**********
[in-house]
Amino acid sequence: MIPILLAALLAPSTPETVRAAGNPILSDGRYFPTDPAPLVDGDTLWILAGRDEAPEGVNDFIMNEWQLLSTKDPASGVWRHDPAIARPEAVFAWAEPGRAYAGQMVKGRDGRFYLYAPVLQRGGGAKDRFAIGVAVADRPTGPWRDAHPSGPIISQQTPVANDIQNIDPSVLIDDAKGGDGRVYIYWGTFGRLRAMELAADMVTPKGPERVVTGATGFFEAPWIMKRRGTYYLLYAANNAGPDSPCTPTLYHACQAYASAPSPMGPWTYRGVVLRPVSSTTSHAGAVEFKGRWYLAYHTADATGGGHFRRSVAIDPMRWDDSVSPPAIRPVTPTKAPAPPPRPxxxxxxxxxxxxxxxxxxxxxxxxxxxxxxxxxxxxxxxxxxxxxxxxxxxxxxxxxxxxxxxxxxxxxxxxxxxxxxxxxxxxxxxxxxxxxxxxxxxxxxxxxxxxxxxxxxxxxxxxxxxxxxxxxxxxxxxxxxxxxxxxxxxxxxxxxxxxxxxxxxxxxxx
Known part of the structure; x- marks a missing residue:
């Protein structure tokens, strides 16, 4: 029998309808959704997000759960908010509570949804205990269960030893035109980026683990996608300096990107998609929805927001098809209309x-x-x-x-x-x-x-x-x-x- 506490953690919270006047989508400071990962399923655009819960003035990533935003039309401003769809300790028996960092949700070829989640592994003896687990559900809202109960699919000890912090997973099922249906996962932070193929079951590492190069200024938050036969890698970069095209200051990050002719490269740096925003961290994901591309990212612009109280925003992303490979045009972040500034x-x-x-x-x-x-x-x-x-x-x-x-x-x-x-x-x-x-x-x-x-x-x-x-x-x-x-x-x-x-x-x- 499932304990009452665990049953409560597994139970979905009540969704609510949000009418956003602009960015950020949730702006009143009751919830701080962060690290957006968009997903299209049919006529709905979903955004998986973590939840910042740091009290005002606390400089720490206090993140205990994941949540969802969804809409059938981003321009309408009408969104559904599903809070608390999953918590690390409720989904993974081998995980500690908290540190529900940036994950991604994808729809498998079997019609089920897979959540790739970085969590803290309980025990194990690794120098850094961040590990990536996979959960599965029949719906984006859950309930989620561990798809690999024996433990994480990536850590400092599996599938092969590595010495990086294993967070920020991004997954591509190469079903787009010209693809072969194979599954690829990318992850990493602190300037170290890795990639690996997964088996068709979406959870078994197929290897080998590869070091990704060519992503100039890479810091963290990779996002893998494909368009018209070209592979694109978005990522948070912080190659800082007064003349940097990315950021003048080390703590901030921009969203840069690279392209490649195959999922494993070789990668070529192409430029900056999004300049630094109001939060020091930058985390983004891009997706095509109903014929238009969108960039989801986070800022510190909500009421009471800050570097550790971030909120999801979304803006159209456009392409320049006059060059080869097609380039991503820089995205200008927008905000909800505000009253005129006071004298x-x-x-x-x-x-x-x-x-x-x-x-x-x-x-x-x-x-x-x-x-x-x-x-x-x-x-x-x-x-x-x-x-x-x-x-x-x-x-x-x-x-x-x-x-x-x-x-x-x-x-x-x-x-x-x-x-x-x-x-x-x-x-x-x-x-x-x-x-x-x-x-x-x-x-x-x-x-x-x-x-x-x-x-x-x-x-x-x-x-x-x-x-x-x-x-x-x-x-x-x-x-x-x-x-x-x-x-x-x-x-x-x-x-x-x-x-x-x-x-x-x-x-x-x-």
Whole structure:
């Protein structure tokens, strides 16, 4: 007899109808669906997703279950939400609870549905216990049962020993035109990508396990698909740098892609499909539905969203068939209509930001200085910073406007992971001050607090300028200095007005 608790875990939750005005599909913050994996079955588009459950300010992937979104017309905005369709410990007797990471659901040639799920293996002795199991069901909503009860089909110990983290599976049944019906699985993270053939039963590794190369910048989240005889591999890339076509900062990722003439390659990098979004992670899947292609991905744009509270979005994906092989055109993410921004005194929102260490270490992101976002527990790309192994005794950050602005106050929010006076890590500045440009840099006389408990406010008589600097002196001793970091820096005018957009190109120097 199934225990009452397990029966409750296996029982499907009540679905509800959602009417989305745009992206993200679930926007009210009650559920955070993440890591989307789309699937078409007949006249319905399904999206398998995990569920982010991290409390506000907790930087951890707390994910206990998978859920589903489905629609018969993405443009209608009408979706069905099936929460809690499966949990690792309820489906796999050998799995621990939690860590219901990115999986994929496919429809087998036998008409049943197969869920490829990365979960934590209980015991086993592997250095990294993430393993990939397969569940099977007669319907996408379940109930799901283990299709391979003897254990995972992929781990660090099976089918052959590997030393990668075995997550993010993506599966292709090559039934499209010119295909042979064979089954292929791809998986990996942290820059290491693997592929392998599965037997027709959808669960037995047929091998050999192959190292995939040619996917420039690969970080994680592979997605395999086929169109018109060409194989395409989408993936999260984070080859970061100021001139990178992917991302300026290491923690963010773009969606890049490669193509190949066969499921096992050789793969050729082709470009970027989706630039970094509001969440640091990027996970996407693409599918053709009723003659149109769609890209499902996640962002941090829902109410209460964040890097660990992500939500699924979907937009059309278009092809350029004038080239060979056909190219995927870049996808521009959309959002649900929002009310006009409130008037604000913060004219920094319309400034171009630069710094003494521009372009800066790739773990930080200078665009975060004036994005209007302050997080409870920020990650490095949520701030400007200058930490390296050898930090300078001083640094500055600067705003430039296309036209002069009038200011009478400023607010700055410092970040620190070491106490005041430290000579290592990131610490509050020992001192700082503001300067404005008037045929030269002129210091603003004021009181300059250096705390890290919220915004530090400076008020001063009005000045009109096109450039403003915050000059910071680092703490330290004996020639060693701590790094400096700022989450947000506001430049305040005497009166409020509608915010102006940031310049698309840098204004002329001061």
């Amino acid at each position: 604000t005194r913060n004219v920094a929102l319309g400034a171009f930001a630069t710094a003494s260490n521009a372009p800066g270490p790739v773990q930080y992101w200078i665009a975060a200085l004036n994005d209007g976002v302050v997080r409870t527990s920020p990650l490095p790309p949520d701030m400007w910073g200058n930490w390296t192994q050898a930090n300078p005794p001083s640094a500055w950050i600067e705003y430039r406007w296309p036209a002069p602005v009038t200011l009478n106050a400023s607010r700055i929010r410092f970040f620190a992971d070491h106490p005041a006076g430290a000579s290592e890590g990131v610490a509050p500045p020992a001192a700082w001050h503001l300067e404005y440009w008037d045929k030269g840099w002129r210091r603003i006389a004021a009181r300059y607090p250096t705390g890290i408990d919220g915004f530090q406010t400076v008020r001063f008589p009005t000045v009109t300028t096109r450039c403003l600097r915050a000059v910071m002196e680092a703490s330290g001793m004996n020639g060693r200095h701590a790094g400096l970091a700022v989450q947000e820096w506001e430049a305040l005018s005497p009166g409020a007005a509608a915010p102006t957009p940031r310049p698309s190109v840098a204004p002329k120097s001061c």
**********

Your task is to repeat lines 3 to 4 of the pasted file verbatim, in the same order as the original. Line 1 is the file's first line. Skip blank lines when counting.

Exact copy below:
Known part of the structure; x- marks a missing residue:
């Protein structure tokens, strides 16, 4: 029998309808959704997000759960908010509570949804205990269960030893035109980026683990996608300096990107998609929805927001098809209309x-x-x-x-x-x-x-x-x-x- 506490953690919270006047989508400071990962399923655009819960003035990533935003039309401003769809300790028996960092949700070829989640592994003896687990559900809202109960699919000890912090997973099922249906996962932070193929079951590492190069200024938050036969890698970069095209200051990050002719490269740096925003961290994901591309990212612009109280925003992303490979045009972040500034x-x-x-x-x-x-x-x-x-x-x-x-x-x-x-x-x-x-x-x-x-x-x-x-x-x-x-x-x-x-x-x- 499932304990009452665990049953409560597994139970979905009540969704609510949000009418956003602009960015950020949730702006009143009751919830701080962060690290957006968009997903299209049919006529709905979903955004998986973590939840910042740091009290005002606390400089720490206090993140205990994941949540969802969804809409059938981003321009309408009408969104559904599903809070608390999953918590690390409720989904993974081998995980500690908290540190529900940036994950991604994808729809498998079997019609089920897979959540790739970085969590803290309980025990194990690794120098850094961040590990990536996979959960599965029949719906984006859950309930989620561990798809690999024996433990994480990536850590400092599996599938092969590595010495990086294993967070920020991004997954591509190469079903787009010209693809072969194979599954690829990318992850990493602190300037170290890795990639690996997964088996068709979406959870078994197929290897080998590869070091990704060519992503100039890479810091963290990779996002893998494909368009018209070209592979694109978005990522948070912080190659800082007064003349940097990315950021003048080390703590901030921009969203840069690279392209490649195959999922494993070789990668070529192409430029900056999004300049630094109001939060020091930058985390983004891009997706095509109903014929238009969108960039989801986070800022510190909500009421009471800050570097550790971030909120999801979304803006159209456009392409320049006059060059080869097609380039991503820089995205200008927008905000909800505000009253005129006071004298x-x-x-x-x-x-x-x-x-x-x-x-x-x-x-x-x-x-x-x-x-x-x-x-x-x-x-x-x-x-x-x-x-x-x-x-x-x-x-x-x-x-x-x-x-x-x-x-x-x-x-x-x-x-x-x-x-x-x-x-x-x-x-x-x-x-x-x-x-x-x-x-x-x-x-x-x-x-x-x-x-x-x-x-x-x-x-x-x-x-x-x-x-x-x-x-x-x-x-x-x-x-x-x-x-x-x-x-x-x-x-x-x-x-x-x-x-x-x-x-x-x-x-x-x-």